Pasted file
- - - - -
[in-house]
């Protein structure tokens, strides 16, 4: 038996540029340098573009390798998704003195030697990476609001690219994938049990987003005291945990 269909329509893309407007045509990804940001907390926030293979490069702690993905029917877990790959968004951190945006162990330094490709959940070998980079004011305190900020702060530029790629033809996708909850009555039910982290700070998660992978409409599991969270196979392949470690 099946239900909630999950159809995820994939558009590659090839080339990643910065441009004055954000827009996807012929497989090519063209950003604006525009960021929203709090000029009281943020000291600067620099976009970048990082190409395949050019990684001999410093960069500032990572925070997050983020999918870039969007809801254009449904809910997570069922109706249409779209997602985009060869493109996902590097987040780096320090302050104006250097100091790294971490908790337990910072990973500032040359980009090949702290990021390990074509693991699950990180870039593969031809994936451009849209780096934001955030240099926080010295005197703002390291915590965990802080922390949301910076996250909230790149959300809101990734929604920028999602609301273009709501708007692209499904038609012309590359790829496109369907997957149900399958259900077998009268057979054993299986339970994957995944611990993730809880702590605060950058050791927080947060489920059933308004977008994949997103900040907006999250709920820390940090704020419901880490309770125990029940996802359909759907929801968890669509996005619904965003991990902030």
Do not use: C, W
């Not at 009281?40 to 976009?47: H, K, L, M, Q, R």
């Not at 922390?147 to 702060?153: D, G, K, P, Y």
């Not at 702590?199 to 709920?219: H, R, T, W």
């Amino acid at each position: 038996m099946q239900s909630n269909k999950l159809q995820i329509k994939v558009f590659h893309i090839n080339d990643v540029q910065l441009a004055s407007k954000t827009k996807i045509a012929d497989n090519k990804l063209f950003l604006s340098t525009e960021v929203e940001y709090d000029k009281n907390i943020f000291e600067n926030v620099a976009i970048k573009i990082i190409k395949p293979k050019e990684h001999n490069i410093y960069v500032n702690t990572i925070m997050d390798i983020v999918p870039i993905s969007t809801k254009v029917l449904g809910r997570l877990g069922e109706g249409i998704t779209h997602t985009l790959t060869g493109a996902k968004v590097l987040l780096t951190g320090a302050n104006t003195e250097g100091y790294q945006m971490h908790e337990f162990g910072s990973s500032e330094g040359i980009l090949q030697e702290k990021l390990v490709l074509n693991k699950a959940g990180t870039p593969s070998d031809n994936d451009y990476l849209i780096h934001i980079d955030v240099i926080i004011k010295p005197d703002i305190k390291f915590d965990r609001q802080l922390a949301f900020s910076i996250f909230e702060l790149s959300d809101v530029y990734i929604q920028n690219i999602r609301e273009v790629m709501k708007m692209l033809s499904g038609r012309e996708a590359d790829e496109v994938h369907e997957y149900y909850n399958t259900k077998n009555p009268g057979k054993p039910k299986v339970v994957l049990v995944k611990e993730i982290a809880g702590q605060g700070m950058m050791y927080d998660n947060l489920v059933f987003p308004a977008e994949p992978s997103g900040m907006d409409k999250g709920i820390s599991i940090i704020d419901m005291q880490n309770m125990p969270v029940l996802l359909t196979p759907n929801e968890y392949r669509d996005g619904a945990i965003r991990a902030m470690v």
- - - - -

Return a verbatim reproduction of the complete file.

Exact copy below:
[in-house]
């Protein structure tokens, strides 16, 4: 038996540029340098573009390798998704003195030697990476609001690219994938049990987003005291945990 269909329509893309407007045509990804940001907390926030293979490069702690993905029917877990790959968004951190945006162990330094490709959940070998980079004011305190900020702060530029790629033809996708909850009555039910982290700070998660992978409409599991969270196979392949470690 099946239900909630999950159809995820994939558009590659090839080339990643910065441009004055954000827009996807012929497989090519063209950003604006525009960021929203709090000029009281943020000291600067620099976009970048990082190409395949050019990684001999410093960069500032990572925070997050983020999918870039969007809801254009449904809910997570069922109706249409779209997602985009060869493109996902590097987040780096320090302050104006250097100091790294971490908790337990910072990973500032040359980009090949702290990021390990074509693991699950990180870039593969031809994936451009849209780096934001955030240099926080010295005197703002390291915590965990802080922390949301910076996250909230790149959300809101990734929604920028999602609301273009709501708007692209499904038609012309590359790829496109369907997957149900399958259900077998009268057979054993299986339970994957995944611990993730809880702590605060950058050791927080947060489920059933308004977008994949997103900040907006999250709920820390940090704020419901880490309770125990029940996802359909759907929801968890669509996005619904965003991990902030």
Do not use: C, W
């Not at 009281?40 to 976009?47: H, K, L, M, Q, R």
């Not at 922390?147 to 702060?153: D, G, K, P, Y």
């Not at 702590?199 to 709920?219: H, R, T, W």
């Amino acid at each position: 038996m099946q239900s909630n269909k999950l159809q995820i329509k994939v558009f590659h893309i090839n080339d990643v540029q910065l441009a004055s407007k954000t827009k996807i045509a012929d497989n090519k990804l063209f950003l604006s340098t525009e960021v929203e940001y709090d000029k009281n907390i943020f000291e600067n926030v620099a976009i970048k573009i990082i190409k395949p293979k050019e990684h001999n490069i410093y960069v500032n702690t990572i925070m997050d390798i983020v999918p870039i993905s969007t809801k254009v029917l449904g809910r997570l877990g069922e109706g249409i998704t779209h997602t985009l790959t060869g493109a996902k968004v590097l987040l780096t951190g320090a302050n104006t003195e250097g100091y790294q945006m971490h908790e337990f162990g910072s990973s500032e330094g040359i980009l090949q030697e702290k990021l390990v490709l074509n693991k699950a959940g990180t870039p593969s070998d031809n994936d451009y990476l849209i780096h934001i980079d955030v240099i926080i004011k010295p005197d703002i305190k390291f915590d965990r609001q802080l922390a949301f900020s910076i996250f909230e702060l790149s959300d809101v530029y990734i929604q920028n690219i999602r609301e273009v790629m709501k708007m692209l033809s499904g038609r012309e996708a590359d790829e496109v994938h369907e997957y149900y909850n399958t259900k077998n009555p009268g057979k054993p039910k299986v339970v994957l049990v995944k611990e993730i982290a809880g702590q605060g700070m950058m050791y927080d998660n947060l489920v059933f987003p308004a977008e994949p992978s997103g900040m907006d409409k999250g709920i820390s599991i940090i704020d419901m005291q880490n309770m125990p969270v029940l996802l359909t196979p759907n929801e968890y392949r669509d996005g619904a945990i965003r991990a902030m470690v």